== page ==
For Graduating Seniors And Others: What It May Take

The US Labor Department report showed that employers added 78,000 new jobs in May 2005. Economists point out that the economy has added an average of 175,000 jobs a month over the past six months, up almost 14 percent from the average growth the previous six months. US Labor Secretary Elaine Chaos characterized the report as a show of strength for the labor market. In fact, Secretary Chao indicated that "today's numbers show the economy is continuing its 2-year solid streak of job creation, for a total of 3.5 million new jobs created since May 2003." This is a significant indicator that the health of the economy is on the gain. Most significant is that with job growth, there is a record productivity growth. Productivity is pivotal to increasing overall wealth because it allows more production with fewer resources being consumed. These facts point to a healthy trend as more enter the job force and strive to be successful in their undertaking. At present and within the next few weeks, school graduates will be eager to join the job force. And that is the subject we wish to address in this column.

When one enters the job force or moves up within the employment structure, one obviously hopes to meet with success. True, for some there may be moments of self-doubt or a feeling of frustration when searching the job market or when moving up within the structure. However, even in a momentary discouragement or a feeling of self-doubt, there is something to garner from the experience.

A desire for success in the job search or hoping to achieve a level of promotion at work is important at whatever age level or at whatever capacity. But, being the realists we are, we know that success is not a gift; it is earned and usually the hard way and through effort. All of us know that satisfaction comes with success; but, we need to appreciate also the learning value of disappointment when disappointment happens in the work place. Success and failure are two sides of the same coin. We are living at a time, where an instant concoction, ready mix recipes and "fast food" methodology tends to be the mood of the day. Often, we seek immediate positive results. We become uneasy when the "instant" result is a "waiting" result and the "negatives" seem to overshadow the "positives." There are some that look for the "instant" and wish to start at the top without doing the necessary planning and preliminary homework. They may even feel that they have failed when the outcome does not result in the level of success which was sought. Often, it is the patient "doers" who are the more abundant long-term "achievers."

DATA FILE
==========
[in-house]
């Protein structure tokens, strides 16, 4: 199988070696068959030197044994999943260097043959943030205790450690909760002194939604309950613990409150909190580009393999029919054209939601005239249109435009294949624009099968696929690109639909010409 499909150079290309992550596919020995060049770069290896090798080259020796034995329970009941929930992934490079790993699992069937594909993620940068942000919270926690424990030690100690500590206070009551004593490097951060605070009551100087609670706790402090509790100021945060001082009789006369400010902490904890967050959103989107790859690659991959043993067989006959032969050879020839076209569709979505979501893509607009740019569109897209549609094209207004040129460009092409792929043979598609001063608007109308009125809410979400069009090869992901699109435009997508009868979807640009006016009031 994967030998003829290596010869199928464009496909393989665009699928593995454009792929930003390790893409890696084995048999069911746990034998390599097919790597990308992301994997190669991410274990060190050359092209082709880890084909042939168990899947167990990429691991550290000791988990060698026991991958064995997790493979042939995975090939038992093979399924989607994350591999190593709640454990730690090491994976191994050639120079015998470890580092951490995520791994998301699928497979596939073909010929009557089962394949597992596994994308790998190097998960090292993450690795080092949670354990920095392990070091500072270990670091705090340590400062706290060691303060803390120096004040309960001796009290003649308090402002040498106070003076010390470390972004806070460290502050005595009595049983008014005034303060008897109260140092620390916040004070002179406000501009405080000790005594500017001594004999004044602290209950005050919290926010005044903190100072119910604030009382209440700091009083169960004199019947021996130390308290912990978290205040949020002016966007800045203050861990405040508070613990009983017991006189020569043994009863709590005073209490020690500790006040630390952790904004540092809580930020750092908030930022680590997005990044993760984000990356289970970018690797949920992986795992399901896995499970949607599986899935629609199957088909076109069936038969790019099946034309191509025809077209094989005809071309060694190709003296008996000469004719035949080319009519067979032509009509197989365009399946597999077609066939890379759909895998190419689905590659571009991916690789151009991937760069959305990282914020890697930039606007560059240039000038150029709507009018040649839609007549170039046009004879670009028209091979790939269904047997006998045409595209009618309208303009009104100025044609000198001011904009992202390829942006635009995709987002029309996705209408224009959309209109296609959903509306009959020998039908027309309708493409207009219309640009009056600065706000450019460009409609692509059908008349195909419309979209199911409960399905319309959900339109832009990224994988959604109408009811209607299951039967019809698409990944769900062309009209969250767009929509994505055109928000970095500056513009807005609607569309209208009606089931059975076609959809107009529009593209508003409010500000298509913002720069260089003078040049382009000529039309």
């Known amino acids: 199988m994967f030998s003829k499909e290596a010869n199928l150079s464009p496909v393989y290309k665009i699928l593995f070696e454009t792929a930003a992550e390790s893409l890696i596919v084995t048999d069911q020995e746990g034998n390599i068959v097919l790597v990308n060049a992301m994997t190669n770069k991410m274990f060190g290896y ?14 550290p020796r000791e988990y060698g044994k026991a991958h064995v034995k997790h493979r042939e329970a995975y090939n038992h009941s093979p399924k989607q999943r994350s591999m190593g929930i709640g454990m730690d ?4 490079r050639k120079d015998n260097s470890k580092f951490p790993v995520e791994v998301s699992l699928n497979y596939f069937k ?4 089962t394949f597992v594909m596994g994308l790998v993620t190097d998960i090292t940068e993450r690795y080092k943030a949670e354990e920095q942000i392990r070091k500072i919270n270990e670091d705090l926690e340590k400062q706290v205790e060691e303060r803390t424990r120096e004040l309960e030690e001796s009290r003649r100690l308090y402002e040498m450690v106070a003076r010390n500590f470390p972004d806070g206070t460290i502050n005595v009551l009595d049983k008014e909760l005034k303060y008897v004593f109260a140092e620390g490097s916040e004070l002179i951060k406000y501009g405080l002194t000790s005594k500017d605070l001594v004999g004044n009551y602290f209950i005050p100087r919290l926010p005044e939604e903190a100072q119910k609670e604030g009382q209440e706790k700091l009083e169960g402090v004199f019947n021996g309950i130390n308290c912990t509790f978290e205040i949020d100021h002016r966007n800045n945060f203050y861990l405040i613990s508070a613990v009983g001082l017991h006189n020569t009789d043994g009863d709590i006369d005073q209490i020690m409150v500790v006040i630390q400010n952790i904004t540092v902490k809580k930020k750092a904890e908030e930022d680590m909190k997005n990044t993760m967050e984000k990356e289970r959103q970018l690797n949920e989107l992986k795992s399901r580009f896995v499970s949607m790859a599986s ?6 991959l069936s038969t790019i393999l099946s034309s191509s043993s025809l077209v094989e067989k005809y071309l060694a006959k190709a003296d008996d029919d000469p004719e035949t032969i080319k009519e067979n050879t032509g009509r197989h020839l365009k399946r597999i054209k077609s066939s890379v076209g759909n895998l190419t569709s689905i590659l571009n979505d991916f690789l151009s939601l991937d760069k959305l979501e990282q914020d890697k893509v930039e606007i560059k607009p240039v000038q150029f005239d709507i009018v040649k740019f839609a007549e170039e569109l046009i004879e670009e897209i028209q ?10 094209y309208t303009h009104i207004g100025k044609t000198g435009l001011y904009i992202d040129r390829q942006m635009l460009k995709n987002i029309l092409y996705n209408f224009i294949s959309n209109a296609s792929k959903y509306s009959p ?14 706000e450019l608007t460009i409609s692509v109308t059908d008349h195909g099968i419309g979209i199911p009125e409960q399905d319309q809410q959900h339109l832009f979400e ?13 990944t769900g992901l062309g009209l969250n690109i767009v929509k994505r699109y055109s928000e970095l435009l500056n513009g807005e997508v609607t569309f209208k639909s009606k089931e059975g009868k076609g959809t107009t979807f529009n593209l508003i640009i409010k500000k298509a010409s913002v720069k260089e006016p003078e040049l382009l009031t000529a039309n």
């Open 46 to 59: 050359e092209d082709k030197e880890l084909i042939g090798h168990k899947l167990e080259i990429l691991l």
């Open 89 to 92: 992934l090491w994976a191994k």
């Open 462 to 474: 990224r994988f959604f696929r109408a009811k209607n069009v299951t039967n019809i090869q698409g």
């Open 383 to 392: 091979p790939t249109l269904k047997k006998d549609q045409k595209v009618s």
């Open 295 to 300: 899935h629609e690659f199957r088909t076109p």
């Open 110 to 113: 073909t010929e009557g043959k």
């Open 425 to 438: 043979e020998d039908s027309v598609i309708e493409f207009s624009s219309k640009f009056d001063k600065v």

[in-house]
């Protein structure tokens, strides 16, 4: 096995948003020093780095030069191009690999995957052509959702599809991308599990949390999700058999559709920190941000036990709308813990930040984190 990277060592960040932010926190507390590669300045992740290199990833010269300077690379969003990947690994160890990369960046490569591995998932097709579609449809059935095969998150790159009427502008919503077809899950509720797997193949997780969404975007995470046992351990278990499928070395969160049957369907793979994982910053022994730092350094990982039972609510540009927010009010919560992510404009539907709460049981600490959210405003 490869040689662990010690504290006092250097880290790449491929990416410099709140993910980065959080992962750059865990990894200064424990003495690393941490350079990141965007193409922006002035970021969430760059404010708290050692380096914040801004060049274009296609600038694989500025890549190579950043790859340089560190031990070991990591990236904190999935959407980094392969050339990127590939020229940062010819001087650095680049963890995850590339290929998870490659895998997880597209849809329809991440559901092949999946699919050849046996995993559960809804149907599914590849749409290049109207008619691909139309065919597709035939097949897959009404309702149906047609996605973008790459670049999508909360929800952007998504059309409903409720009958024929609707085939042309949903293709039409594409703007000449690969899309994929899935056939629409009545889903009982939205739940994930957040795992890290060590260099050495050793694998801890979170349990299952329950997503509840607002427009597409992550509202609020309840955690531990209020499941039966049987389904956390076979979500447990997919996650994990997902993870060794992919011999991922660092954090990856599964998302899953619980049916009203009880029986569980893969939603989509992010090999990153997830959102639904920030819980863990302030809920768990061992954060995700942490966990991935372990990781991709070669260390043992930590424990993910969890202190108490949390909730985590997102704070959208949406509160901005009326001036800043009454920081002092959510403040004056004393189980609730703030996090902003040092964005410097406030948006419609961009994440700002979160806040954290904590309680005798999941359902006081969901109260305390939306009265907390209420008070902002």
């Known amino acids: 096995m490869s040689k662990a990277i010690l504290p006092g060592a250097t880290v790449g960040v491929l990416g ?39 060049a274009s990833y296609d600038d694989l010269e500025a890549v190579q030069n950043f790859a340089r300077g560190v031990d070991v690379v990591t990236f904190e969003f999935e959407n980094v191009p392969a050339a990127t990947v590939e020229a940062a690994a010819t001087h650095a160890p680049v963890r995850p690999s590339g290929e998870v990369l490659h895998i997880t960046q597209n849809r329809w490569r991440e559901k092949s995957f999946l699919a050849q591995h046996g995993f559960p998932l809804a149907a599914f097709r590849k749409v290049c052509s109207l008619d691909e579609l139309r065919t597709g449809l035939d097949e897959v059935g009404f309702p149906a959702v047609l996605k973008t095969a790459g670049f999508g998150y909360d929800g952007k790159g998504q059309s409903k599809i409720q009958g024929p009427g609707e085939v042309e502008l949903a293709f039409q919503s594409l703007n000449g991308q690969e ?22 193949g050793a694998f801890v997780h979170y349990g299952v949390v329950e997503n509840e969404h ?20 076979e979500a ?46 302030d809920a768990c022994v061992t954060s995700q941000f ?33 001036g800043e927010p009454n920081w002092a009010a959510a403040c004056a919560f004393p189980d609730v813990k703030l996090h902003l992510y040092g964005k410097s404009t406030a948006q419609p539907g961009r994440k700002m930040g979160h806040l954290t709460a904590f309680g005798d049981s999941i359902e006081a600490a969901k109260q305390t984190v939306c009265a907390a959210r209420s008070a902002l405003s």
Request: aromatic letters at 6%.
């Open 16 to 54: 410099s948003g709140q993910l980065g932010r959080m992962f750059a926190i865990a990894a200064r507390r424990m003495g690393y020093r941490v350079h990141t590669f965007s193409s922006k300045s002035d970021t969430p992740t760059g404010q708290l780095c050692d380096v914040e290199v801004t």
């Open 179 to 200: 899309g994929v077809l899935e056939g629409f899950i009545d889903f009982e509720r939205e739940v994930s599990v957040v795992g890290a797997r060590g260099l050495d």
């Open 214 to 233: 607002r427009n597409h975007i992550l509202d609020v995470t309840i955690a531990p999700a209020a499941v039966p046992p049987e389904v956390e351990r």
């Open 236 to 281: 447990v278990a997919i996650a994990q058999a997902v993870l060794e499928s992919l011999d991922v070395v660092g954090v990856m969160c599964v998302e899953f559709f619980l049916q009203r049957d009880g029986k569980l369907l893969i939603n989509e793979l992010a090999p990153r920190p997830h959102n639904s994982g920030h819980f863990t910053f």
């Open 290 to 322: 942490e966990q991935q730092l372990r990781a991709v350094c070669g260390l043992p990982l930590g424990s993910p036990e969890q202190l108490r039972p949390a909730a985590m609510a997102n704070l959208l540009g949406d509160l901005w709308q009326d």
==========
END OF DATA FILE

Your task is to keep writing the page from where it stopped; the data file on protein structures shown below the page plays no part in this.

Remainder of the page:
In a desire to overcome the potentially destructive effects of negative thinking, we often forget the important lessons that one can learn from a less than desirable experience. When failure occurs, little time is spent in productive analysis of past events and actions. Finger pointing, playing the blame game, and claiming past successes is just not productive. Lest we forget, it is not always only the end results that count, important as they are, but also important are the essential steps it took to get there. These stepping stones often become the essential solid rocks for success later on.

Every success story from the corporate boardroom to the beginner within the organization, there are...as on any athletic field or other student oriented actively... examples of some failure, missteps and just plain errors along the say. Trying to avoid mistakes is good; but trying to avoid making the same mistake a second time, that is essential. All of us have heard on occasion, "good judgment comes from experience and experience comes from errors in judgment." Each time a less then desirable event in history repeats itself, the price for the mistake goes up. If that is the situation, then is the time for one's spirit of a smart work ethic ought to swing into action as necessary and prudent.

Working harder and smarter is to be valued. Looking ahead and planning intelligently within the realm of possibility is to be cherished. It is all a part of the growth pattern of success, and in the long run, one will be personally happier and perhaps a bit wiser because of it. And that is how we see it FROM OUR PERSPECTIVE.